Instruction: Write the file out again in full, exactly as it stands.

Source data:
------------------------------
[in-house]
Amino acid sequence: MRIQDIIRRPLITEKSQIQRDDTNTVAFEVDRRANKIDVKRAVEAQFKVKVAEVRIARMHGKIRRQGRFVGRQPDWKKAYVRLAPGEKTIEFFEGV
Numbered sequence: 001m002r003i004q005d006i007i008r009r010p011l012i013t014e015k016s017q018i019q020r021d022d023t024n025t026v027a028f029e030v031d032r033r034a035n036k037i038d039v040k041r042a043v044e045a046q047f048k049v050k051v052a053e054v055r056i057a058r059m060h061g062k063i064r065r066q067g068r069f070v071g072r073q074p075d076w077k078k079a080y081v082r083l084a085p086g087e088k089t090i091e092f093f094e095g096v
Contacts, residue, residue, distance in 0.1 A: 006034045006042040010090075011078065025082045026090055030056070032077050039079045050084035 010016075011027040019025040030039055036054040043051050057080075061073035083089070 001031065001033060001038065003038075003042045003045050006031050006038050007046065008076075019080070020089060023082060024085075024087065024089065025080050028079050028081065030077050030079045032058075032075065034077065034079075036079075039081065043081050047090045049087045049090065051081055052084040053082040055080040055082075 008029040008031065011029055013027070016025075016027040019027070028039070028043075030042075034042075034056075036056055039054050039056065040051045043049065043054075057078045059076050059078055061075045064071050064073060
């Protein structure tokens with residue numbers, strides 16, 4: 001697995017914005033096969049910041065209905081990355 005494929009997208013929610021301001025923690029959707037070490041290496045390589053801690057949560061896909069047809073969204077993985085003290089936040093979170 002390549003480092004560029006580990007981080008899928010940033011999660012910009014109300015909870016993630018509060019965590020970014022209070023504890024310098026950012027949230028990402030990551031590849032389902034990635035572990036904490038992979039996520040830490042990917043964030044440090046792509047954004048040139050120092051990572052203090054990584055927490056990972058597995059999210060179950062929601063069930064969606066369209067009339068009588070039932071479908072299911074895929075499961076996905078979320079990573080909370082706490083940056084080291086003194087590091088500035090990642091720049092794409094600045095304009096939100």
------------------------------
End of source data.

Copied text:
[in-house]
Amino acid sequence: MRIQDIIRRPLITEKSQIQRDDTNTVAFEVDRRANKIDVKRAVEAQFKVKVAEVRIARMHGKIRRQGRFVGRQPDWKKAYVRLAPGEKTIEFFEGV
Numbered sequence: 001m002r003i004q005d006i007i008r009r010p011l012i013t014e015k016s017q018i019q020r021d022d023t024n025t026v027a028f029e030v031d032r033r034a035n036k037i038d039v040k041r042a043v044e045a046q047f048k049v050k051v052a053e054v055r056i057a058r059m060h061g062k063i064r065r066q067g068r069f070v071g072r073q074p075d076w077k078k079a080y081v082r083l084a085p086g087e088k089t090i091e092f093f094e095g096v
Contacts, residue, residue, distance in 0.1 A: 006034045006042040010090075011078065025082045026090055030056070032077050039079045050084035 010016075011027040019025040030039055036054040043051050057080075061073035083089070 001031065001033060001038065003038075003042045003045050006031050006038050007046065008076075019080070020089060023082060024085075024087065024089065025080050028079050028081065030077050030079045032058075032075065034077065034079075036079075039081065043081050047090045049087045049090065051081055052084040053082040055080040055082075 008029040008031065011029055013027070016025075016027040019027070028039070028043075030042075034042075034056075036056055039054050039056065040051045043049065043054075057078045059076050059078055061075045064071050064073060
């Protein structure tokens with residue numbers, strides 16, 4: 001697995017914005033096969049910041065209905081990355 005494929009997208013929610021301001025923690029959707037070490041290496045390589053801690057949560061896909069047809073969204077993985085003290089936040093979170 002390549003480092004560029006580990007981080008899928010940033011999660012910009014109300015909870016993630018509060019965590020970014022209070023504890024310098026950012027949230028990402030990551031590849032389902034990635035572990036904490038992979039996520040830490042990917043964030044440090046792509047954004048040139050120092051990572052203090054990584055927490056990972058597995059999210060179950062929601063069930064969606066369209067009339068009588070039932071479908072299911074895929075499961076996905078979320079990573080909370082706490083940056084080291086003194087590091088500035090990642091720049092794409094600045095304009096939100």